Politics, media and war: 9/11 and its aftermaths
Politics, media and war: 9/11 and its aftermaths

Start this free course now. Just create an account and sign in. Enrol and complete the course for a free statement of participation or digital badge if available.

6.3 Reporting the spectacle

A further criticism of Kellner's account might be that it underestimates the possibility of embedded reporters providing more objective and critical accounts of US (and other allied forces) government and military operations. It may also be the case that he somewhat idealises the degree to which independent and 'accurate' (p.17) reporting can be obtained by non-embedded 'unilateral' reporters.

Activity 22 Interview with Stewart Purvis

Stewart Purvis is the former Chief Executive and Editor in Chief of Independent Television News (ITN). Read the transcript of an interview Mark Banks conducted with him below by clicking ‘Reveal comment’.

Comment

Interview with Stewart Purvis

Mark Banks
I’m Mark Banks from the D271 course team. In order to help inform our discussion of ‘embedded’ and ‘unilateral’ news reporting, I spoke to Stewart Purvis. Stewart is the former Chief Executive and Editor in Chief of ITN, the main news provider for the UK broadcasters ITV and Channel 4. At the time of the 2003 Iraq War Stewart was in charge of ITN and co-ordinated its strategy for reporting on the conflict. I began by asking him what embedded reporting was and how it first emerged:
Stewart Purvis
Well, sometimes people talk about it as if it's a relatively new phenomenon but actually it goes back more than a century I think to the Crimean War where it was thought that it would be to the advantage of the British government at the time that the war should be reported from a journalist at the front line. The word wasn't used ‘embedded’ then but effectively that was the idea that the reporter would be with the military, sometimes wearing uniform, sometimes not wearing uniform, but would actually see it from the front line troops’ point of view and could report back with that perspective. And that has captured the imagination of military commanders and particularly in recent years as part of a kind of bigger picture. The bigger picture is on the battlefield it's logical to control all communications. You know you want your own communications to work; you want the enemies’ communications not to work or you want to hear what they’re saying and you don’t want any stray communications around. So the idea becomes if you bring the media into your control, into your communications net if you like, you have some advantage. And so this is why we suddenly had this almost an explosion of it in the two Gulf Wars really. First in the war which was basically about Kuwait and then the second war which was obviously about putting down Saddam Hussein. And in both, the allies if you like or the coalition or the British and American side, decided it was to their tactical advantage to have reporters with them. The other model, which is sometimes called independent, sometimes called unilateral, sometimes called freelance, is where the reporters may actually seek some form of accreditation as it's called, like a kind of pass, to be on the battlefield. But they don’t actually live with the troops and they basically make their own travel arrangements and they’re kind of free to move. Now obviously the downside of that is that they are out of the protection of the military in a sense that they are more liable to be attacked by either side. And sometimes, in the case of the ITN reporter Terry Lloyd, who died, they were attacked by both sides at the same time.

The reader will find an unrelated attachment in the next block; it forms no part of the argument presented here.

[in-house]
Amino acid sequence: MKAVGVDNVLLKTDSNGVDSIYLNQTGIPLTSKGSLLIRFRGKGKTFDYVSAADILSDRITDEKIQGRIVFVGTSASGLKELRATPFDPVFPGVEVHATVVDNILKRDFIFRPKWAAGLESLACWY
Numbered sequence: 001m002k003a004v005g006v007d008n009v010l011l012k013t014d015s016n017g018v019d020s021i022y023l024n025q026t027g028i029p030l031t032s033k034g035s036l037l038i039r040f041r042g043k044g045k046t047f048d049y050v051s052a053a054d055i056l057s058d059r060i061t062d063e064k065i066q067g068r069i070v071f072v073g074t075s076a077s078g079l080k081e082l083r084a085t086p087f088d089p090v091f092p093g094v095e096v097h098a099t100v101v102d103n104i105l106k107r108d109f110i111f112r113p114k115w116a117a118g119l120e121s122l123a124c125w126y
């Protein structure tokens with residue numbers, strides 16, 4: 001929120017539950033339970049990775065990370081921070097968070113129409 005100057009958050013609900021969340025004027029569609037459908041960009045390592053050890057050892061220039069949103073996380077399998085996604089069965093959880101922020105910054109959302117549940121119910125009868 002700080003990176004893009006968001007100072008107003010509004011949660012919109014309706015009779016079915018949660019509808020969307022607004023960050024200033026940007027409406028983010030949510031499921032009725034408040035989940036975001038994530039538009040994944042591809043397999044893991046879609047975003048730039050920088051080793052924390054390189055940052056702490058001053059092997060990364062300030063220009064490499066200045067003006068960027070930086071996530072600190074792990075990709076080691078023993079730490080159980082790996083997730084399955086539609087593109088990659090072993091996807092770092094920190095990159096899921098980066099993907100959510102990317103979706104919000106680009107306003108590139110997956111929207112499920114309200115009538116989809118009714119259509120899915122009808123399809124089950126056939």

MB
That’s right.
SP
So that's the danger of that, of course.
MB